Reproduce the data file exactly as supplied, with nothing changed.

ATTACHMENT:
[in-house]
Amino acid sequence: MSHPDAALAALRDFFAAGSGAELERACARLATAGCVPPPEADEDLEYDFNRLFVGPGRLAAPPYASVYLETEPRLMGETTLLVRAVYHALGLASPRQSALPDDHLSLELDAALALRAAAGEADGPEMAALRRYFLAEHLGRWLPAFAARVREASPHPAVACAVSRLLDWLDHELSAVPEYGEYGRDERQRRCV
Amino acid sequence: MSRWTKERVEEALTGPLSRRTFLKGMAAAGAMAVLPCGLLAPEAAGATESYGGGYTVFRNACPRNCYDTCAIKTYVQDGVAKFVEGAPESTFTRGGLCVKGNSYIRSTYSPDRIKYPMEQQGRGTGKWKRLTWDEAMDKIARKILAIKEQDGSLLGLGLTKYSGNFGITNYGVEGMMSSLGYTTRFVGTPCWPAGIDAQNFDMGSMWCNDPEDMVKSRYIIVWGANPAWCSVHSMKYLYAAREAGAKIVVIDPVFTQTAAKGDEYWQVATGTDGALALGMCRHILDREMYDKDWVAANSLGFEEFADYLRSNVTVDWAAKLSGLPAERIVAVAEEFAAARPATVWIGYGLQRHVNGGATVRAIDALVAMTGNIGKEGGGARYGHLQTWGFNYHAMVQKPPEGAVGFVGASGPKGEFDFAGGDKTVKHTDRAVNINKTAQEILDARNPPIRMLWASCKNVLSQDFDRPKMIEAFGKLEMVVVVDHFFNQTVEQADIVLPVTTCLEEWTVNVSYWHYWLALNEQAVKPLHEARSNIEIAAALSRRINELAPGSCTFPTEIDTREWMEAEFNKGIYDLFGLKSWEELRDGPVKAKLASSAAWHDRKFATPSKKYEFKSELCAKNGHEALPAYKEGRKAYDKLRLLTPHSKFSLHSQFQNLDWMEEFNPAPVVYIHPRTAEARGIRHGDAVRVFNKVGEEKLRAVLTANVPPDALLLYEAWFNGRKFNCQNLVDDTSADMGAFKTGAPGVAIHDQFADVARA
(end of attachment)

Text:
[in-house]
Amino acid sequence: MSHPDAALAALRDFFAAGSGAELERACARLATAGCVPPPEADEDLEYDFNRLFVGPGRLAAPPYASVYLETEPRLMGETTLLVRAVYHALGLASPRQSALPDDHLSLELDAALALRAAAGEADGPEMAALRRYFLAEHLGRWLPAFAARVREASPHPAVACAVSRLLDWLDHELSAVPEYGEYGRDERQRRCV
Amino acid sequence: MSRWTKERVEEALTGPLSRRTFLKGMAAAGAMAVLPCGLLAPEAAGATESYGGGYTVFRNACPRNCYDTCAIKTYVQDGVAKFVEGAPESTFTRGGLCVKGNSYIRSTYSPDRIKYPMEQQGRGTGKWKRLTWDEAMDKIARKILAIKEQDGSLLGLGLTKYSGNFGITNYGVEGMMSSLGYTTRFVGTPCWPAGIDAQNFDMGSMWCNDPEDMVKSRYIIVWGANPAWCSVHSMKYLYAAREAGAKIVVIDPVFTQTAAKGDEYWQVATGTDGALALGMCRHILDREMYDKDWVAANSLGFEEFADYLRSNVTVDWAAKLSGLPAERIVAVAEEFAAARPATVWIGYGLQRHVNGGATVRAIDALVAMTGNIGKEGGGARYGHLQTWGFNYHAMVQKPPEGAVGFVGASGPKGEFDFAGGDKTVKHTDRAVNINKTAQEILDARNPPIRMLWASCKNVLSQDFDRPKMIEAFGKLEMVVVVDHFFNQTVEQADIVLPVTTCLEEWTVNVSYWHYWLALNEQAVKPLHEARSNIEIAAALSRRINELAPGSCTFPTEIDTREWMEAEFNKGIYDLFGLKSWEELRDGPVKAKLASSAAWHDRKFATPSKKYEFKSELCAKNGHEALPAYKEGRKAYDKLRLLTPHSKFSLHSQFQNLDWMEEFNPAPVVYIHPRTAEARGIRHGDAVRVFNKVGEEKLRAVLTANVPPDALLLYEAWFNGRKFNCQNLVDDTSADMGAFKTGAPGVAIHDQFADVARA